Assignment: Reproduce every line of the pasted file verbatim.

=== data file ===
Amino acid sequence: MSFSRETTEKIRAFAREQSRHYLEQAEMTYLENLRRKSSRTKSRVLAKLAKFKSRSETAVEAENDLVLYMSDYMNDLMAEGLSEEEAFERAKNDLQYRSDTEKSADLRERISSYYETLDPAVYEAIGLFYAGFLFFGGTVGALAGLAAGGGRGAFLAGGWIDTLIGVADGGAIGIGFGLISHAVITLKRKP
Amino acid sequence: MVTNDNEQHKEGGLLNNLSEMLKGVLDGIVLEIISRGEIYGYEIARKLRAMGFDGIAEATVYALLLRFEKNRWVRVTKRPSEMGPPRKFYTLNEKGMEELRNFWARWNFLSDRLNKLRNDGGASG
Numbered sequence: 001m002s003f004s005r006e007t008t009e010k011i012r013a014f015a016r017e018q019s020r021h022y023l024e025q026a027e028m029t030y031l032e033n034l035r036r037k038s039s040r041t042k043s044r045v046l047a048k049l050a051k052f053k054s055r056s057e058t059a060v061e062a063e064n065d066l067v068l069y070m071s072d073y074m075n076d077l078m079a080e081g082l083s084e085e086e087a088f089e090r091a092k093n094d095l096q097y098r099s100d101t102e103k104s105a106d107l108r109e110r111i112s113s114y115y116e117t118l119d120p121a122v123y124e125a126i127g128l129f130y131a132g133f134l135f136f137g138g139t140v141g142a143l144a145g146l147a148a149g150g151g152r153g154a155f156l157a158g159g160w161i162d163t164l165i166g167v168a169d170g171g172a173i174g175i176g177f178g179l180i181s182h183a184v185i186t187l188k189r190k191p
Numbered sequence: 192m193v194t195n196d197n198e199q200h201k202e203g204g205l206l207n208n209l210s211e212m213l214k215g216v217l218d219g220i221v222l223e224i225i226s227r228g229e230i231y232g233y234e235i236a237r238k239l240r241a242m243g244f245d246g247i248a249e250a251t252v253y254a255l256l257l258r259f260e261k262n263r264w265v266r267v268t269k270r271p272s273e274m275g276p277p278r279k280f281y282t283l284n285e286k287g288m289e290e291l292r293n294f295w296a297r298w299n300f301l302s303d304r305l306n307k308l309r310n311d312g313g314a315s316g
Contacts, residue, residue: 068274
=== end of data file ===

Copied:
Amino acid sequence: MSFSRETTEKIRAFAREQSRHYLEQAEMTYLENLRRKSSRTKSRVLAKLAKFKSRSETAVEAENDLVLYMSDYMNDLMAEGLSEEEAFERAKNDLQYRSDTEKSADLRERISSYYETLDPAVYEAIGLFYAGFLFFGGTVGALAGLAAGGGRGAFLAGGWIDTLIGVADGGAIGIGFGLISHAVITLKRKP
Amino acid sequence: MVTNDNEQHKEGGLLNNLSEMLKGVLDGIVLEIISRGEIYGYEIARKLRAMGFDGIAEATVYALLLRFEKNRWVRVTKRPSEMGPPRKFYTLNEKGMEELRNFWARWNFLSDRLNKLRNDGGASG
Numbered sequence: 001m002s003f004s005r006e007t008t009e010k011i012r013a014f015a016r017e018q019s020r021h022y023l024e025q026a027e028m029t030y031l032e033n034l035r036r037k038s039s040r041t042k043s044r045v046l047a048k049l050a051k052f053k054s055r056s057e058t059a060v061e062a063e064n065d066l067v068l069y070m071s072d073y074m075n076d077l078m079a080e081g082l083s084e085e086e087a088f089e090r091a092k093n094d095l096q097y098r099s100d101t102e103k104s105a106d107l108r109e110r111i112s113s114y115y116e117t118l119d120p121a122v123y124e125a126i127g128l129f130y131a132g133f134l135f136f137g138g139t140v141g142a143l144a145g146l147a148a149g150g151g152r153g154a155f156l157a158g159g160w161i162d163t164l165i166g167v168a169d170g171g172a173i174g175i176g177f178g179l180i181s182h183a184v185i186t187l188k189r190k191p
Numbered sequence: 192m193v194t195n196d197n198e199q200h201k202e203g204g205l206l207n208n209l210s211e212m213l214k215g216v217l218d219g220i221v222l223e224i225i226s227r228g229e230i231y232g233y234e235i236a237r238k239l240r241a242m243g244f245d246g247i248a249e250a251t252v253y254a255l256l257l258r259f260e261k262n263r264w265v266r267v268t269k270r271p272s273e274m275g276p277p278r279k280f281y282t283l284n285e286k287g288m289e290e291l292r293n294f295w296a297r298w299n300f301l302s303d304r305l306n307k308l309r310n311d312g313g314a315s316g
Contacts, residue, residue: 068274